3. Use shopping apps to your advantage.
Shopping for pick-up or delivery definitely comes at a premium, as you have to pay the people doing the shopping and delivering for you. But there are ways to use it to your advantage, too. Jessica Randhawa, the head chef, recipe creator, photographer, and writer behind The Forked Spoon, says using apps saves her time and money in multiple ways.
"Instead of managing a grocery list, I can easily add items to my cart when planning recipes or add items if I notice I will soon run out of an ingredient," says Randhawa. "I don't have to run out to a grocery store or deal with my costly impulse-buying habit for new/random items. These grocery delivery services save me hours every week and can be easily copied at home by anyone in the range of one of these ever-multiplying services offered by almost every large grocery store. The reduced time spent driving, waiting, and wandering isles, coupled with the lack of impulse buying, has been a considerable saving of my time and money."
4. Buy in bulk carefully.
Take heed: Buying in "bulk" doesn't mean you have to pay for a special card to a members-only store. Even buying the 3-5 pound rolls of ground meat instead of the one-pound rolls can save you pennies per pound. The same is true for chicken, fish, and other meats. Bring home those giant packs (when you can afford them), then spend a few extra minutes breaking them down into meal-sized portions before storing them in the freezer or fridge. If you can afford to "go big" on meat once a month, you'll save money over time. Plus, you'll make those other grocery trips a little cheaper when you don't have to buy more protein.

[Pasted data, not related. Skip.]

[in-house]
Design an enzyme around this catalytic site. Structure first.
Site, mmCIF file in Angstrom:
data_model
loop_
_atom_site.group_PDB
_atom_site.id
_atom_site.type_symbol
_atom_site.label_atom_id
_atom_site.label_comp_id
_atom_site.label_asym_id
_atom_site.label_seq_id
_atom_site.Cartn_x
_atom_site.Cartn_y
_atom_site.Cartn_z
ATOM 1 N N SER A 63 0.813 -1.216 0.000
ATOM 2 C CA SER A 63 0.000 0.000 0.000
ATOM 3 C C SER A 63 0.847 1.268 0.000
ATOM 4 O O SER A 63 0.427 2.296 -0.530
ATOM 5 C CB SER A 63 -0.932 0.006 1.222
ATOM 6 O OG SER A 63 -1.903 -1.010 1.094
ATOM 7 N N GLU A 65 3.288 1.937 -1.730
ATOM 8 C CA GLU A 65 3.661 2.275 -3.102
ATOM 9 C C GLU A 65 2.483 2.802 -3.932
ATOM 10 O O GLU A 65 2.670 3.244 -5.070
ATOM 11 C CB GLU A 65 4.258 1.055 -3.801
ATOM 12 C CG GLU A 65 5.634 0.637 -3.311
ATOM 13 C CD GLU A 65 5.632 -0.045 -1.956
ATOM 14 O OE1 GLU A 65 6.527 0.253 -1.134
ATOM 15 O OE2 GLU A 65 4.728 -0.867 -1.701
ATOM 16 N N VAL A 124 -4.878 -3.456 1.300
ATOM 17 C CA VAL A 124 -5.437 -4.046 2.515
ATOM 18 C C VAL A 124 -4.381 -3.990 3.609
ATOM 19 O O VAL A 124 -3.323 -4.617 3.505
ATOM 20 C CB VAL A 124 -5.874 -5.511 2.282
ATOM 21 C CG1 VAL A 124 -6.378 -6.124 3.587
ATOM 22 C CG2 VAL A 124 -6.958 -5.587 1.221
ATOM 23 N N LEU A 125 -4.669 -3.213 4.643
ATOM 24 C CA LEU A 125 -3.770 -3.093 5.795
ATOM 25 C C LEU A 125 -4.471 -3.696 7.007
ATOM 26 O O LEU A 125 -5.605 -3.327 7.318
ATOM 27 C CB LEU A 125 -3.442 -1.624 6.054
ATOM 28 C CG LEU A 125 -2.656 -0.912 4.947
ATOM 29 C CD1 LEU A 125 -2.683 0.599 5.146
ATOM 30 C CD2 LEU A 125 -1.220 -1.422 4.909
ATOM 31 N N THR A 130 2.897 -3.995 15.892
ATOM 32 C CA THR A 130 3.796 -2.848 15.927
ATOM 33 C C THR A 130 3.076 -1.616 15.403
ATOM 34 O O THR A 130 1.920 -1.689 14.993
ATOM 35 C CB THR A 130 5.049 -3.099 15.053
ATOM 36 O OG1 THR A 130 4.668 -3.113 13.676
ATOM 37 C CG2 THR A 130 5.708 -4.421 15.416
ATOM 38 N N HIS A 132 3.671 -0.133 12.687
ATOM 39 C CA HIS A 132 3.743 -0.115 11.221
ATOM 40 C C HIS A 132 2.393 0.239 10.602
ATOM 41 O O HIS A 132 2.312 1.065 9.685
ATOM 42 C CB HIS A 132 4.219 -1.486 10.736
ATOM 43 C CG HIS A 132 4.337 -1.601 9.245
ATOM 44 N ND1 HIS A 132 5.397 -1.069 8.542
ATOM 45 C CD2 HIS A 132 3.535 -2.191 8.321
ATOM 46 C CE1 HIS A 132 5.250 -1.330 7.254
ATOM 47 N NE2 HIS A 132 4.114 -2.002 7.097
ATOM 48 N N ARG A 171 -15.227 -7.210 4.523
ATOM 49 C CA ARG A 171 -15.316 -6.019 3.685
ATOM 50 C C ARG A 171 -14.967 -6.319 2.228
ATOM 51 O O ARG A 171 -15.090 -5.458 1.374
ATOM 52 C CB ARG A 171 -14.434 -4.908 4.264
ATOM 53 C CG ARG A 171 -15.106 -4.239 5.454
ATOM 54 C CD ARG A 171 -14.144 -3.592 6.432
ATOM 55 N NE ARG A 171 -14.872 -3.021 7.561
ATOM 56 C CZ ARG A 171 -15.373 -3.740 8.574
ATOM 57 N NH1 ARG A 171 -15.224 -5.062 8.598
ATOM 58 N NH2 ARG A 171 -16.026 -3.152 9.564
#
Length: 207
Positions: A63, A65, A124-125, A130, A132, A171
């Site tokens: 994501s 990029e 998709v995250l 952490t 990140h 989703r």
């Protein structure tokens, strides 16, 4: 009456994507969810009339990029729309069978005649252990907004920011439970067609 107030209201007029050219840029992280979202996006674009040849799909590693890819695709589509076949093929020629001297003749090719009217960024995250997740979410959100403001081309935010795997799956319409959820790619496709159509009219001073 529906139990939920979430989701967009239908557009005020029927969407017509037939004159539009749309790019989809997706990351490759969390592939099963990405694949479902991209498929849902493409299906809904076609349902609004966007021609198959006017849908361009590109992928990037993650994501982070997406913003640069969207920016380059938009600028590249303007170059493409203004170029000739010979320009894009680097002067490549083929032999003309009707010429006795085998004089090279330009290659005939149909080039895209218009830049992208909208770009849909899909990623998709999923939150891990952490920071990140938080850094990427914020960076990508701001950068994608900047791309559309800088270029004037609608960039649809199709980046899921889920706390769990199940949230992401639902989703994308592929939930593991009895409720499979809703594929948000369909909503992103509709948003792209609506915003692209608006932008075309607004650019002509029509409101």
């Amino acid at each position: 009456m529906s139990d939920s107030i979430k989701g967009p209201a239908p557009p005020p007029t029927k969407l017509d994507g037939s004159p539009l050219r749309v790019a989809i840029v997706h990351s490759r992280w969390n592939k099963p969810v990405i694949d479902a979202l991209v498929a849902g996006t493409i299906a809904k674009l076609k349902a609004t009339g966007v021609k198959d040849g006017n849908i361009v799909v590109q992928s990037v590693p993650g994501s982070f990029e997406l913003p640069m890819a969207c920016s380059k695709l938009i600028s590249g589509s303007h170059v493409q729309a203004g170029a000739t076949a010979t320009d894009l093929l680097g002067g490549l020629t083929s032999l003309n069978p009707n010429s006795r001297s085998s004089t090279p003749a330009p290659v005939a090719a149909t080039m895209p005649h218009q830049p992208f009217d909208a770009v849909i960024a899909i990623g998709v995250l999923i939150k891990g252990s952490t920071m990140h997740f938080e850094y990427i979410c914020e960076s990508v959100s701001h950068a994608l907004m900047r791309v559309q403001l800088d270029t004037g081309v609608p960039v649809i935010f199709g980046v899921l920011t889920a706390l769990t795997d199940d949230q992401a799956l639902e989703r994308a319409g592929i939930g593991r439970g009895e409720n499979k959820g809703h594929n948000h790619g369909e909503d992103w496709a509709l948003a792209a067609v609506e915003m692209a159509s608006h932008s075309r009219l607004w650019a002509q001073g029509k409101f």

"When restaurants buy food, they buy in bulk to save on costs, and the same can be true when shopping for your family," says Andrew Abraham from Yalla Oats. "For shelf-stable items that we use a lot of, we tend to buy in higher quantities. It is a higher upfront cost, but it averages out to hundreds saved a year. Plus, it means fewer trips to the store and less gas used each week. Think of things like pasta, olive oil, canned goods, etc."
You'll also save money by buying nonperishable items in bulk. Everything from canned tuna to toilet paper gets cheaper the more you buy at a time. While it may only seem like a few dollars per grocery trip, it adds up.
5. Store things properly.
Reyna Hirsh, for Move For Hunger, put it simply, "In fact, 35% of all food made in the U.S. goes to waste."
One big reason? We're not storing our food properly. Influencers in the neurodivergent world recently showed how they "hacked their fridge" and put produce on the door instead of in a drawer. If that will help you find and eat the food you buy, go for it. Just keep in mind that those drawers were designed to be the best storage places for your produce. Everything you buy in the store has an optimal storage situation. Make sure you're reading even bottles and jars because they often tell you to store them in the fridge after opening.